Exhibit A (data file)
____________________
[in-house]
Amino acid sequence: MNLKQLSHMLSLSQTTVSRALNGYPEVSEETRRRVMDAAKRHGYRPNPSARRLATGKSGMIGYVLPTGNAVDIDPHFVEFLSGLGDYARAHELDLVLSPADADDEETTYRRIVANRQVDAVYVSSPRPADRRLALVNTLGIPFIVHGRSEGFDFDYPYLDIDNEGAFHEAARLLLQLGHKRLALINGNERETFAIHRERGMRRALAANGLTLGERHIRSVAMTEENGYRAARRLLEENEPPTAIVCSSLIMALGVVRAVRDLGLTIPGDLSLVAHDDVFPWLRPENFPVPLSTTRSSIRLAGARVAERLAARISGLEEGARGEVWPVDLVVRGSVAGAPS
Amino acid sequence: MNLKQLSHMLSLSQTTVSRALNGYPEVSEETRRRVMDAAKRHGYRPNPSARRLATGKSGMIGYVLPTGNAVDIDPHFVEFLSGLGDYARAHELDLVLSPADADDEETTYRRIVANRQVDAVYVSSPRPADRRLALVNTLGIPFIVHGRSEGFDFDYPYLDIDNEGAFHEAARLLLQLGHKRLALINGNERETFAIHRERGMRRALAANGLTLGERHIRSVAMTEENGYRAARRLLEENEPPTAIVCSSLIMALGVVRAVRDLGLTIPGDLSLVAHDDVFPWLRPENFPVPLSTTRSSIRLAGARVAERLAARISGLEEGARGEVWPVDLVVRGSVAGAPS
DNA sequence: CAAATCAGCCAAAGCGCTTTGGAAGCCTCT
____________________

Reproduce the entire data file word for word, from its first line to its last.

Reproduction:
[in-house]
Amino acid sequence: MNLKQLSHMLSLSQTTVSRALNGYPEVSEETRRRVMDAAKRHGYRPNPSARRLATGKSGMIGYVLPTGNAVDIDPHFVEFLSGLGDYARAHELDLVLSPADADDEETTYRRIVANRQVDAVYVSSPRPADRRLALVNTLGIPFIVHGRSEGFDFDYPYLDIDNEGAFHEAARLLLQLGHKRLALINGNERETFAIHRERGMRRALAANGLTLGERHIRSVAMTEENGYRAARRLLEENEPPTAIVCSSLIMALGVVRAVRDLGLTIPGDLSLVAHDDVFPWLRPENFPVPLSTTRSSIRLAGARVAERLAARISGLEEGARGEVWPVDLVVRGSVAGAPS
Amino acid sequence: MNLKQLSHMLSLSQTTVSRALNGYPEVSEETRRRVMDAAKRHGYRPNPSARRLATGKSGMIGYVLPTGNAVDIDPHFVEFLSGLGDYARAHELDLVLSPADADDEETTYRRIVANRQVDAVYVSSPRPADRRLALVNTLGIPFIVHGRSEGFDFDYPYLDIDNEGAFHEAARLLLQLGHKRLALINGNERETFAIHRERGMRRALAANGLTLGERHIRSVAMTEENGYRAARRLLEENEPPTAIVCSSLIMALGVVRAVRDLGLTIPGDLSLVAHDDVFPWLRPENFPVPLSTTRSSIRLAGARVAERLAARISGLEEGARGEVWPVDLVVRGSVAGAPS
DNA sequence: CAAATCAGCCAAAGCGCTTTGGAAGCCTCT